Charlize vs. Autocostruire 2020 - diyAudio
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Old 15th February 2006, 04:06 PM   #1
raver is offline raver  Italy
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Default Charlize vs. Autocostruire 2020

Hi,
I need an advice before buying a T-amp.
I want to buy an assembled one, as I'm still too newbie to mount a kit by mayself.
My choice is between Charlize and the Autocostruire 2020, both with aircore inductors.
Anyone who owns or listened to both can tell me how they compare?
Autocostruire is a bit easier for me to get because I am in Italy, moreover it comes already equipped with pot and RCA's, but Charlize surely got more great reviews here (however it's decisely more famous). Prices are about the same (considering shipping).
So, what should I do?
Thanks
Raul
Italy
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Old 15th February 2006, 06:27 PM   #2
keefe is offline keefe  England
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Don't have either myself, but recall that both were compared (with basic t amp and 41Hz's Amp3) a little while back, with Charlize and Autocostruire ranked as 1st and 2nd in the 4-way comparison...

Re the Autocostruire, I also seem to remember the reviewer being very pleased indeed after installing replacement polypropylene capacitors in place of those provided, and it seems the general view that upgrading in this area - irrespective of model involved - is of definite benefit...

I know you stressed your wariness about practical modifications, but the above may provide some motivation either to "get your own hands dirty" or to find someone with more practical experience to install the mod...

From another newbie, the best of luck!...

Keefe.

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Old 16th February 2006, 11:40 AM   #3
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Default Re: Charlize vs. Autocostruire 2020

Quote:
Originally posted by raver
Hi,
I need an advice before buying a T-amp.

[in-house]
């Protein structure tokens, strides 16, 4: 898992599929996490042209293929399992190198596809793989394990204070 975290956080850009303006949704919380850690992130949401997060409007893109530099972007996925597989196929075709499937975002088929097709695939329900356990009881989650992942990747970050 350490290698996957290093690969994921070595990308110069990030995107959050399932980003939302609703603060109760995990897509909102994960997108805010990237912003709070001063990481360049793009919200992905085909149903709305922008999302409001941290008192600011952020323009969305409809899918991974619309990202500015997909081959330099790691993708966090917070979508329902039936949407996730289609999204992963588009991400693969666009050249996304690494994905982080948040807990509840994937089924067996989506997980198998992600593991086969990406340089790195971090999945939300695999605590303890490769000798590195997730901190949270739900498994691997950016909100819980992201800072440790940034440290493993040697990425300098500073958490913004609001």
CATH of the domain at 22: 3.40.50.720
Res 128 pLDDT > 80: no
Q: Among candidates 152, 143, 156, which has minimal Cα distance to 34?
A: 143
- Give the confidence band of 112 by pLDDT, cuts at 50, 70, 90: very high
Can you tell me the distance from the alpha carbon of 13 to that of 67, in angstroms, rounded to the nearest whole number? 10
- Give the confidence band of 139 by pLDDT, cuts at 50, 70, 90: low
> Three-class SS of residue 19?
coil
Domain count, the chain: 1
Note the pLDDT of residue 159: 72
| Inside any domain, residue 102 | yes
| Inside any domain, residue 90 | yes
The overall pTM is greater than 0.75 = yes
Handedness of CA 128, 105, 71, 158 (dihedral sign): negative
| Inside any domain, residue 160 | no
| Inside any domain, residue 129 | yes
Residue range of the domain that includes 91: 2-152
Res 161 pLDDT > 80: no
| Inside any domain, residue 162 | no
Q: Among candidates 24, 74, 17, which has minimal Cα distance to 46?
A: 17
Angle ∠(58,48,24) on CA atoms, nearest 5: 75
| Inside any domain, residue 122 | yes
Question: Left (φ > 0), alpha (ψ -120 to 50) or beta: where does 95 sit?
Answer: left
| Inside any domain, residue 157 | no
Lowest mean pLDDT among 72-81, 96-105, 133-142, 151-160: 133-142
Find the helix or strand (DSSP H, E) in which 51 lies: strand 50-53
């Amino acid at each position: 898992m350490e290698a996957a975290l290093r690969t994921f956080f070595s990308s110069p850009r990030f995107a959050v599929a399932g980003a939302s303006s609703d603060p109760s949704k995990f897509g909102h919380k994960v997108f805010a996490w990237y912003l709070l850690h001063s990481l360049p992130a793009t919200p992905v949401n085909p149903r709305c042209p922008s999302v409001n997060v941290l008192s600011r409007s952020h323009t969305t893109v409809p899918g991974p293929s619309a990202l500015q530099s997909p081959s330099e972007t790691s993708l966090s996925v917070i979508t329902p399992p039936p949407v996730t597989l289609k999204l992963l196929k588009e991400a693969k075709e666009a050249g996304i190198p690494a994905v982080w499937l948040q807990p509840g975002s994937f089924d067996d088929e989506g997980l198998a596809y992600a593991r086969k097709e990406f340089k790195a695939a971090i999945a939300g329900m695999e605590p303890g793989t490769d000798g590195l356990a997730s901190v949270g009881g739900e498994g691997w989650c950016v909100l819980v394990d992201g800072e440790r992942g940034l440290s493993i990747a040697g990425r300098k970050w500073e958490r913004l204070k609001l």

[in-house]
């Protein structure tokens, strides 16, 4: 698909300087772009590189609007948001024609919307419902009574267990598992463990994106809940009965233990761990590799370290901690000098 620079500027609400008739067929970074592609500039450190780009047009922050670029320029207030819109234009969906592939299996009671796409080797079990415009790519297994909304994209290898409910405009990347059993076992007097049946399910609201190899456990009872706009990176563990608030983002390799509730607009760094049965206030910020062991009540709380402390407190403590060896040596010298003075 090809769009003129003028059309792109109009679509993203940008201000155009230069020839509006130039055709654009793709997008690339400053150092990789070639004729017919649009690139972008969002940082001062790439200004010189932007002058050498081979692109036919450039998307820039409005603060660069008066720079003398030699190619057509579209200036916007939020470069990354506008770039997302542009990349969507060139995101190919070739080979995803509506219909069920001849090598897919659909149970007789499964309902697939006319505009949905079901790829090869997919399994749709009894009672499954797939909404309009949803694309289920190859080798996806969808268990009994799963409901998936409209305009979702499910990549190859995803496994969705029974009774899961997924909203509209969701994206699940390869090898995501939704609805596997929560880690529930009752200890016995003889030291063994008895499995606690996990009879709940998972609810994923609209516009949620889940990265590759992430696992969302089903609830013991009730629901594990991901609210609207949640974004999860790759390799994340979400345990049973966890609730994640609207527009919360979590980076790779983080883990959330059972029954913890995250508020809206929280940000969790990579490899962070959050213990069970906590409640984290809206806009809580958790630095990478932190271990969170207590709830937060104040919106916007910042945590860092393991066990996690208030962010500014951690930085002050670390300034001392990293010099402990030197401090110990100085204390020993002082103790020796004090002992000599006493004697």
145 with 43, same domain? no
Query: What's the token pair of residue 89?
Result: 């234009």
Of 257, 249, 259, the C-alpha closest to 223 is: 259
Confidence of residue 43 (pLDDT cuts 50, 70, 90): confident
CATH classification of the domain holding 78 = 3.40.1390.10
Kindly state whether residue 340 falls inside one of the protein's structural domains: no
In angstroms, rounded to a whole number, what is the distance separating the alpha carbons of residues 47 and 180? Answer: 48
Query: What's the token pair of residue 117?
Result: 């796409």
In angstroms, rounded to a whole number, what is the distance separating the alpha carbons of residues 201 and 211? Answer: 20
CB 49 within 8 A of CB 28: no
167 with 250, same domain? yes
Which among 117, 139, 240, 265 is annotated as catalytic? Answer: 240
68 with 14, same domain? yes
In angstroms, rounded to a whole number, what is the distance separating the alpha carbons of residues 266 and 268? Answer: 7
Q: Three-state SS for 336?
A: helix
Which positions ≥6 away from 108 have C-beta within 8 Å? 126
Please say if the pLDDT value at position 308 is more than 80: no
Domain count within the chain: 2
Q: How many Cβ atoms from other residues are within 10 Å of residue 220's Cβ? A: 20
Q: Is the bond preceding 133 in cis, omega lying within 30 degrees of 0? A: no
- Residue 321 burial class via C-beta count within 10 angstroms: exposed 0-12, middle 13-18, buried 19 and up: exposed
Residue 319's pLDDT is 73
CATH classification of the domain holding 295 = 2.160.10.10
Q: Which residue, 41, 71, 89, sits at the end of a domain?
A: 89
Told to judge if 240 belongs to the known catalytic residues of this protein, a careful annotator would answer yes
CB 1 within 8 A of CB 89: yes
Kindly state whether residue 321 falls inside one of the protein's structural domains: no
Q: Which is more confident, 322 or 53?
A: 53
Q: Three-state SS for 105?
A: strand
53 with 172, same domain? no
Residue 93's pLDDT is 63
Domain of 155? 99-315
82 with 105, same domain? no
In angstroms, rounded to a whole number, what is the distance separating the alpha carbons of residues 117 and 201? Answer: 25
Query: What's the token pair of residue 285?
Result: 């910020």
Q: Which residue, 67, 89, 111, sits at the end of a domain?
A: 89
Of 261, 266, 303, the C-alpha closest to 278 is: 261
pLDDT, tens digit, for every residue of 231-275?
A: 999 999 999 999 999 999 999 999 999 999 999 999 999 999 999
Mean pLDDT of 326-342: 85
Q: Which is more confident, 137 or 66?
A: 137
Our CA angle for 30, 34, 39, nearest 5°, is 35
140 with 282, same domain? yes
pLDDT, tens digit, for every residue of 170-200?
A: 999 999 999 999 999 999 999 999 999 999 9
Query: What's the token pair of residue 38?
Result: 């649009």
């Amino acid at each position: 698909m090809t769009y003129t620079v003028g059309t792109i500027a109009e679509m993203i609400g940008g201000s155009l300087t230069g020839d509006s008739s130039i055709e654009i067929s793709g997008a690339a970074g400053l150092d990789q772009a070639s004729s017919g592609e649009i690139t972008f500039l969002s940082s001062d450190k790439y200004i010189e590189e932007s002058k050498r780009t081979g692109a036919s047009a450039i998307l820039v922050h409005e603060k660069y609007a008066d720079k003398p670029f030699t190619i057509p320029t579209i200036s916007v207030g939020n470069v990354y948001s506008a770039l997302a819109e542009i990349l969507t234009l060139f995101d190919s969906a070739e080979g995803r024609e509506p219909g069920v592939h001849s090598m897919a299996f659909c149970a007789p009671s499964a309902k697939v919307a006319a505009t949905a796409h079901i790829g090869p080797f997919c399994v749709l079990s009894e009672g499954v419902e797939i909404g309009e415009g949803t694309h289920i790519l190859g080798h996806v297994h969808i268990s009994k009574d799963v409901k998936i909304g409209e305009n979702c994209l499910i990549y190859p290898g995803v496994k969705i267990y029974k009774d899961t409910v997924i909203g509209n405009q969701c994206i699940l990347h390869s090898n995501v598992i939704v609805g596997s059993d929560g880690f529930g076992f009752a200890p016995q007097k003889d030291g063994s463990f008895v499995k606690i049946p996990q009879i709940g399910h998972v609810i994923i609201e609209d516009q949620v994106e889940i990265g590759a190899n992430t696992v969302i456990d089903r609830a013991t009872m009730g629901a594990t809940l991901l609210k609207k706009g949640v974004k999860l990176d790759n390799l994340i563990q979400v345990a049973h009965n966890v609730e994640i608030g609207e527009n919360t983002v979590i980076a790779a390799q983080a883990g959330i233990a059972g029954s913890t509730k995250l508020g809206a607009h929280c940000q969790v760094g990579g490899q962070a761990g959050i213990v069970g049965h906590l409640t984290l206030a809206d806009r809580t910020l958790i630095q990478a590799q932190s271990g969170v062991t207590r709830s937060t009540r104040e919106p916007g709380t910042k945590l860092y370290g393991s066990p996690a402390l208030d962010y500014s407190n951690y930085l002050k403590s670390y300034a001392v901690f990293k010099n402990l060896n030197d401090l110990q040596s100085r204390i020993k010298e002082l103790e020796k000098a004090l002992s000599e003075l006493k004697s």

I want to buy an assembled one, as I'm still too newbie to mount a kit by mayself.
My choice is between Charlize and the Autocostruire 2020, both with aircore inductors.
Anyone who owns or listened to both can tell me how they compare?
Autocostruire is a bit easier for me to get because I am in Italy, moreover it comes already equipped with pot and RCA's, but Charlize surely got more great reviews here (however it's decisely more famous). Prices are about the same (considering shipping).
So, what should I do?
Thanks
Raul
Italy
Hi Raul,


I have both amp. and in my system Charlize sound the best. I have put some good poly cap in // with the autocostruire input cap, but still Charlize sound better. Bill Evan piano is just more natural, more their. Charlize way to deliver music is very close to the magic sound of my Rogue Tempest magnum ($2000 tubes amp). So, I would say that Charlize is more musical and the bass is amazing.

Note : If you change the autocostruire input cap and don't compare it side by side with Charlize, then you can like it a lot. It's a very good amp.
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Daniel
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Old 17th February 2006, 04:34 AM   #4
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Daniel,
Thanks for the observation.

Since you've both the amp.; this is a very good and direct comparison.
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Old 17th February 2006, 09:42 PM   #5
soufiej is offline soufiej  United States
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Default Autocostruire

I have the Italian amp but not the Charlize so I can only speak to what I have heard. I consider any information valid at this point since so little has been written about either amplifier. Remember any direct comparison between the two amps is still a matter of matching system components and listener preferences when declaring one amp "better" than another. What speakers you pair with these flea watt champs will largely determine what you will hear. The rising response but easy load of a Fostex full range driver will evince a different result than a more neutral two way speaker system with any of these amplifiers. The speakers I've played with would indicate the higher efficiency driver will benefit the amplifier to a great extent. When dealing with just a handful of watts, the headroom provide by a higher sensitivityspeaker will determine the amplifier's personality more than most other alerations. If you are constantly driving the amplifier at is limits, you should concentrate on the speakers before altering your amplifier. In this case watts is watts and when you're done with the 6-7 these amps provide, they begin to spit aluminum projectiles at your ears. Expect to provide them with a top notch power supply also or you will be wasting your time and money.



I bought the Autocostruire amplifier as a kit and had it assembled in about two hours after triple checking all positions and connections before plugging in the soldering iron. Even if you have never assembled a kit before, the Italian version is quite simple and I contend you will learn much more about audio by building even simple kits than you will by merely committing to a plug and play system. A good low wattage iron, a steady hand, a magnifying lens for final inspection and the ability to place Tab "A" in Slot "B" is all that are required to get the amp up and running from kit form.